On Rima Fakih, Sexism, and the Pageant Industry

June 13, 2011 § Leave a comment

by ELENA

There’s not a whole lot going on in Michigan. The weather is pretty terrible, the politicians seem hell-bent on turning the state into one big corporation, and the economy was pretty much decimated by the Recession. The only things that I’m truly proud of in the state are the numerous awesome microbreweries, the menu at Marie Catrib’s, Calder’s Le Grand Vitesse, and Rima Fakih.

Rima Fakih was the first Muslim woman to be crowned Miss USA, and her reign has not been smooth sailing. Some questioned Fakih’s religion and ethnicity, many were “scandalized” by photos taken at a pole-dancing class in 2007 (three years before she was crowned Miss USA), and pagaent officials urged her to meet with former Miss USA Tara Conner after Fakih was caught doing the ever-so-scandalous activity of going to parties, and quelle horreur, returning to her residence at 4 AM.

Fakih has been very professional about her stint as Miss USA, and some of the issues she has encountered. Her experience only reflects the sexism and double-standards society adn the media place on women–especially women in the public eye.

Part of Fakih’s duties include appearing at public events and parties, and modeling for a variety of companies and publications (every Miss USA winner wins a contract with Trump Model Management). The Miss USA Pageant includes a required swimsuit competition, and contestants are expected to conform to a specific “look”: toned yet possessing conventionally acceptable curves, long hair, straight white teeth, and a pretty face with plenty of makeup. The Miss USA organization clearly wants their contestants to be “sexy”, but wants to impose their view of what is “sexy” on contestants and winners, rather than allow these women to define sexy on their own terms.

Hence, taking a pole-dancing class, while wearing normal workout clothes is unacceptable. The Miss USA organization is perpetuating misogynistic views on sexuality and work: Being paid to pose in Playboy (as several Miss USA winners have done during their reign), or appear in swimsuit ads is acceptable. Dong any physical activity that even remotely resembles sex work, such as poledancing, in considered trashy, inappropriate, and unacceptable. Which is a shame, because pole dancing should not be automatically associated with sex (it is a great workout, and provides great strength and flexibility training).Fakih also appeared on a reality television show about competitive wrestling, a gig which Fakih discussed the amount of physical training that goes into being a wrestler. Fakih was also criticized for taking a job that promoted herself and improved her physical fitness, because as we all know, all wrestlers are stupid/trashy/slutty/etc. Fakih has been punished because she has dared to own her career, her social life, and her sexuality, rather than simply be a puppet for the Miss USA Pageant. And because she has done that, people have chosen to insult her by doing some good old fashioned slut-shaming.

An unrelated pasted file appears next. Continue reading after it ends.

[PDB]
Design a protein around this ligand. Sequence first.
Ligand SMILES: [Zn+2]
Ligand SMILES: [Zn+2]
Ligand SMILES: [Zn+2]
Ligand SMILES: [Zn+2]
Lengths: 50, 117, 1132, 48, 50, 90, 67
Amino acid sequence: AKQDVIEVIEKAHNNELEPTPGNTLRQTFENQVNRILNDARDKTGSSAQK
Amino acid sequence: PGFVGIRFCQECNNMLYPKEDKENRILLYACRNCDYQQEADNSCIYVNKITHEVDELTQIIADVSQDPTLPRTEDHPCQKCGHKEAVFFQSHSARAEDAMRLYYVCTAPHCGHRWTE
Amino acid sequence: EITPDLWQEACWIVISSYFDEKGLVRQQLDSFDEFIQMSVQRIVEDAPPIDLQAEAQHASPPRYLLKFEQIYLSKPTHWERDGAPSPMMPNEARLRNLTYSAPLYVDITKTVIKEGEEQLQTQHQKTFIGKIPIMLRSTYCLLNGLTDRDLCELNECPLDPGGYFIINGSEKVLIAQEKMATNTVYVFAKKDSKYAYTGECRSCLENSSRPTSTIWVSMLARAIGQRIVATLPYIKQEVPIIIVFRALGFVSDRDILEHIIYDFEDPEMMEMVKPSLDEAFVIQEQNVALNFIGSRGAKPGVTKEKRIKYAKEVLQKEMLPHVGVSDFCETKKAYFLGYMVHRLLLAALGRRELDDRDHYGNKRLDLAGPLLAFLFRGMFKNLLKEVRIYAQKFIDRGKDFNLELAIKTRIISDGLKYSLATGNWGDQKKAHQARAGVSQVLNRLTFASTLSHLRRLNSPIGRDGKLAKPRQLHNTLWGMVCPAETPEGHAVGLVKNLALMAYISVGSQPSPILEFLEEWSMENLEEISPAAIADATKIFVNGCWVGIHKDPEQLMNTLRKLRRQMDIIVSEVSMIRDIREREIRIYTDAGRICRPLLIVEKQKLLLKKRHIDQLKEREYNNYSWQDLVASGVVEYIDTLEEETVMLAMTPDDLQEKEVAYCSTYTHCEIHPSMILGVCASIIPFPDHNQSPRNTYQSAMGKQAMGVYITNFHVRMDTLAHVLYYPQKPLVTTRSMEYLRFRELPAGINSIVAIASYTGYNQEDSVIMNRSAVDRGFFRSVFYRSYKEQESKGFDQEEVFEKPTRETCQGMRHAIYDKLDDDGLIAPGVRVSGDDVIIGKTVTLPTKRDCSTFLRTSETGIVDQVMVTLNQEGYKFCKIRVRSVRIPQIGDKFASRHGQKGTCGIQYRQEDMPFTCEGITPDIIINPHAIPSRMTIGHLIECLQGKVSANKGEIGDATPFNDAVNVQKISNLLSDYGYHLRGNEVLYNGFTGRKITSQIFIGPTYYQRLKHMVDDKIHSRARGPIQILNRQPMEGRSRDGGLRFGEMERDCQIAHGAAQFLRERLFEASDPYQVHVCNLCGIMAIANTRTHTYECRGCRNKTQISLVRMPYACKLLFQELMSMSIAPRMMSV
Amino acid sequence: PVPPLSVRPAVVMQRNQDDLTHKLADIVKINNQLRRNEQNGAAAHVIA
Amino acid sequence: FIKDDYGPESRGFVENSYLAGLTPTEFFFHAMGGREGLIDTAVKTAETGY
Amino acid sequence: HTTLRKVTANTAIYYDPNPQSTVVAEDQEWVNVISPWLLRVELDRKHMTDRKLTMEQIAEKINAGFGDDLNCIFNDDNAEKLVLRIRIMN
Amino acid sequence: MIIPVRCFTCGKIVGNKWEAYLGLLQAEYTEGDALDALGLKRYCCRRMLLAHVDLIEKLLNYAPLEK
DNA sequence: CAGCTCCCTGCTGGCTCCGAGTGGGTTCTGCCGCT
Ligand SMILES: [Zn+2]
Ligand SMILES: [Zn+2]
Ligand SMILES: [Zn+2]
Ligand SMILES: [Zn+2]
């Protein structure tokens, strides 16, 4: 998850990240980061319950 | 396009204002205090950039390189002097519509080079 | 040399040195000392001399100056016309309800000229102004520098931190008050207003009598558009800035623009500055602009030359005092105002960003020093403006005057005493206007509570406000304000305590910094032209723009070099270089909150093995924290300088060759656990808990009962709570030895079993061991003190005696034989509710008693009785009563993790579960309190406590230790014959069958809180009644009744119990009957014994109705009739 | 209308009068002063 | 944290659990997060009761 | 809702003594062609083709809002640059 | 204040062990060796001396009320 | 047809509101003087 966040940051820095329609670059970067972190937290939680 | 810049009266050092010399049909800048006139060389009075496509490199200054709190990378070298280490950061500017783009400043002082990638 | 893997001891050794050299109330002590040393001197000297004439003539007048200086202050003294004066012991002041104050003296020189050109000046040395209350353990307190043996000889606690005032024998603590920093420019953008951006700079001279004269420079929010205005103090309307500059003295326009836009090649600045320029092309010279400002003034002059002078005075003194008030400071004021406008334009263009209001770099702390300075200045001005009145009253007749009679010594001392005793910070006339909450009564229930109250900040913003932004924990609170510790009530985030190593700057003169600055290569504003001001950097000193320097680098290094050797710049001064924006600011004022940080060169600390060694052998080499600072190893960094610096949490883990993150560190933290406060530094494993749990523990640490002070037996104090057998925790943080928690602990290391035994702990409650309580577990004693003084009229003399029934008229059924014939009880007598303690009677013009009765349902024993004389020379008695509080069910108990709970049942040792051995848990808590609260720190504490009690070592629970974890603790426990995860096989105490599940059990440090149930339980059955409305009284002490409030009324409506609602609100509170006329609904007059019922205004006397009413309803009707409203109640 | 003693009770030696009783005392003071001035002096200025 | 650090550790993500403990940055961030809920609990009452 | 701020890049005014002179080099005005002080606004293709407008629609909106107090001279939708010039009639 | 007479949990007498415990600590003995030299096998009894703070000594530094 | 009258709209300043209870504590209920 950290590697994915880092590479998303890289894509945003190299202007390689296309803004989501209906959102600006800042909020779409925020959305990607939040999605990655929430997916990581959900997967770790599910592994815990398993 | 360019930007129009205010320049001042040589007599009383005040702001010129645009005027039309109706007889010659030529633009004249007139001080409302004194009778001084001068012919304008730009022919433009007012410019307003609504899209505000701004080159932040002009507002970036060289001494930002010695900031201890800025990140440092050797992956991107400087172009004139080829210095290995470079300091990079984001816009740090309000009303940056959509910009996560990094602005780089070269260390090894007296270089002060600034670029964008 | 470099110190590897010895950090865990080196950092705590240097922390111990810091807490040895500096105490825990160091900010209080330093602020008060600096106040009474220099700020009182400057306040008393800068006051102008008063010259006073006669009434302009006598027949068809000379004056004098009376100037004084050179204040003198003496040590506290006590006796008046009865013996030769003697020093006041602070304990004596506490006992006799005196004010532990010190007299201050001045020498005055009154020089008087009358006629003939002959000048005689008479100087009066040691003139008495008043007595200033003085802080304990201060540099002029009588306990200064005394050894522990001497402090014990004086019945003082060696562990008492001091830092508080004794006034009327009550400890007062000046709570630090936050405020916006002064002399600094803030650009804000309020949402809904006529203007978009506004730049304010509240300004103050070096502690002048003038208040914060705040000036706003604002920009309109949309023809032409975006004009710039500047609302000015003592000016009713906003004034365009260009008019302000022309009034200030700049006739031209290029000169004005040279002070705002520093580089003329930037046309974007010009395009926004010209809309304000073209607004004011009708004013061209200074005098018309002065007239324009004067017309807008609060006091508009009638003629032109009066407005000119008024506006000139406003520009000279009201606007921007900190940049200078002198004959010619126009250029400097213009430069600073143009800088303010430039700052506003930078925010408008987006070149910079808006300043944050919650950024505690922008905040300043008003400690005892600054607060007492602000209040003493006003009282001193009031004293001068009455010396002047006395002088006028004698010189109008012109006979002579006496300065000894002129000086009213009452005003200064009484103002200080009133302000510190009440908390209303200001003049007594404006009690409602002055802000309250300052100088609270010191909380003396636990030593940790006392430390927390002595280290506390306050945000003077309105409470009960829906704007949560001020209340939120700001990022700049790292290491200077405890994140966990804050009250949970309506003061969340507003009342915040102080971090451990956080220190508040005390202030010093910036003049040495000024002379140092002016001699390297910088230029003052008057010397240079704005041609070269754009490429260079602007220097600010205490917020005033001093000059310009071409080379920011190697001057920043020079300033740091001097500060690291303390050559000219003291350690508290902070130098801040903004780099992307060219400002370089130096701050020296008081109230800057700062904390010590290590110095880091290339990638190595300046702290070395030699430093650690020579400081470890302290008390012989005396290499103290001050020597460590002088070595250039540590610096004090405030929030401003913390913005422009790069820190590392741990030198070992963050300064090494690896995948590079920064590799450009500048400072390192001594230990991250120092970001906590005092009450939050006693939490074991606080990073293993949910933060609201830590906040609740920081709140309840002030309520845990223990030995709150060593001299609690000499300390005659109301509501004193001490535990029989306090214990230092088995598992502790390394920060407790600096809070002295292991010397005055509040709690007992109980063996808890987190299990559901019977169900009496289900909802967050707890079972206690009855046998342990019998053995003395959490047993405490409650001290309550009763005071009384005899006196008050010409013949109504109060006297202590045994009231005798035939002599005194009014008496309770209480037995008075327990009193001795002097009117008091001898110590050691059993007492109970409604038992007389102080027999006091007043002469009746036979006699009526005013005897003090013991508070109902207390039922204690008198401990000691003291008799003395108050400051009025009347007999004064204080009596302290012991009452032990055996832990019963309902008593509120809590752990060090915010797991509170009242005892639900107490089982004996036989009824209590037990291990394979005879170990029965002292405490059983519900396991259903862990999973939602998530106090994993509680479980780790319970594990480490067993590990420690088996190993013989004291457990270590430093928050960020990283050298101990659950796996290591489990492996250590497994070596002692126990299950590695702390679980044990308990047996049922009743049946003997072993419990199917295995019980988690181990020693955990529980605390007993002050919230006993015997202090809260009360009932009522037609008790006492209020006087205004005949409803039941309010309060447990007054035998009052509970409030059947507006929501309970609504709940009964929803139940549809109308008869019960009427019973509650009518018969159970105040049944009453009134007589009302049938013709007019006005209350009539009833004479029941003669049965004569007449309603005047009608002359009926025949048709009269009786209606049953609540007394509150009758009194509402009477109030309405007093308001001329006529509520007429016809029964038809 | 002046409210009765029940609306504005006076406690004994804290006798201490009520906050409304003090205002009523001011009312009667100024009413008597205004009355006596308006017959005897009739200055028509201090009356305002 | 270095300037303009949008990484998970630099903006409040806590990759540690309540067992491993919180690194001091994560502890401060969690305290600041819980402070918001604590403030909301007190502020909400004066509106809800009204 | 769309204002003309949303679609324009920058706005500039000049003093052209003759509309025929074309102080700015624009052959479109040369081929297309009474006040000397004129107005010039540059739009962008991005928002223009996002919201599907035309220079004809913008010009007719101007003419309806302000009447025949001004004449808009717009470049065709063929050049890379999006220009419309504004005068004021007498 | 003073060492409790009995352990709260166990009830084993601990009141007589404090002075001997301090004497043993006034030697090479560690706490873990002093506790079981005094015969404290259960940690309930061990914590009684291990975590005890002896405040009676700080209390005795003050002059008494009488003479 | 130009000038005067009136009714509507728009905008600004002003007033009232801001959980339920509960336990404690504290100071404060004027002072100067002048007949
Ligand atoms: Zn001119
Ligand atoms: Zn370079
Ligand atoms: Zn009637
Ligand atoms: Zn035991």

Then again, in our culture, anything a woman does is immediately associated with sex. If a woman eats an ice cream cone, she clearly wants sex. If a woman wears a skirt while bicycling, she clearly wants sex, and is a dangerous distraction to motorists. If a woman accepts an offer to appear on a show about wrestling, she wants sex. If a woman goes to a party, and stays out all night, she totally just wants to get wasted and have sex, and is a bad role model because all she ever wants is sex.

Then again, how much can you expect from a pageant organization run by a man who has called Gail Collins a “dog face”, and his been criticized for his misogynistic behavior by other Miss USA contestants. When even Carrie Prejean calls you out on your sexism, perhaps it’s time to take a long, hard look in the mirror.

 

Dear Producers and Casting Directors of major projects:

May 3, 2011 § 2 Comments

by ELENA

Get. Your. Act. Together.

First Jennifer Lawrence as Katniss in The Hunger Games?

Then Bradley Cooper in a remake of The Crow?

And now speculation that Kate Hudson has signed on to another Linda Lovelace torture porn, i mean biopic featuring torture porn?

Oh, and let’s not forget Rosie Huntington-Whitley in the next Transformers celebration of boobies and explosions  shitshow.

And I still remember the fact that one of you cast a neurotypical woman in Temple Grandin and an able-bodied man on Glee. 

I graduate in November. Care to clean up your act and make the industry a little less fucked up when it comes to gender, race, and (dis)ability?

Otherwise, I’m going to be very, very pissed off. And it’s not a good idea to piss of a ginger feminist badass with too much student loan debt and no tolerance for this bullshit.

What About Brisenia?

January 26, 2011 § 1 Comment

by KATIE E.

Story via Crooks and Liars.

I think it’s highly unlikely any of you have yet to hear the details of the Gabrielle Giffords shooting, and almost as unlikely that any of you didn’t hear the details about Christina Taylor-Green.

Before the inevitable cries occur, yes, I think the shooting was a tragedy. I think the death of this clearly very bright, enthusiastic young woman was a tragedy. I think the media was right in covering her life and her story.

But frankly? It cannot be denied that Taylor-Green received the attention she did because her death didn’t reflect as badly on the rhetoric and policies we hold so dearly in the United States. You know, the ones that routinely lead to people of color being attacked?

Brisenia Flores was nine. Same age as Taylor-Green.  She lived in a town on the Arizona border with her parents and sister. Shawna Forde led a vigilante unit who patrolled U.S. borders with weapons. For patriotic “fun,” she says.

Forde decided to lead her absurd group in attacking supposed drug smugglers and using their money to start a “border race war.” One thing or another led to them heading for the Flores home, which had no drugs whatsoever in it.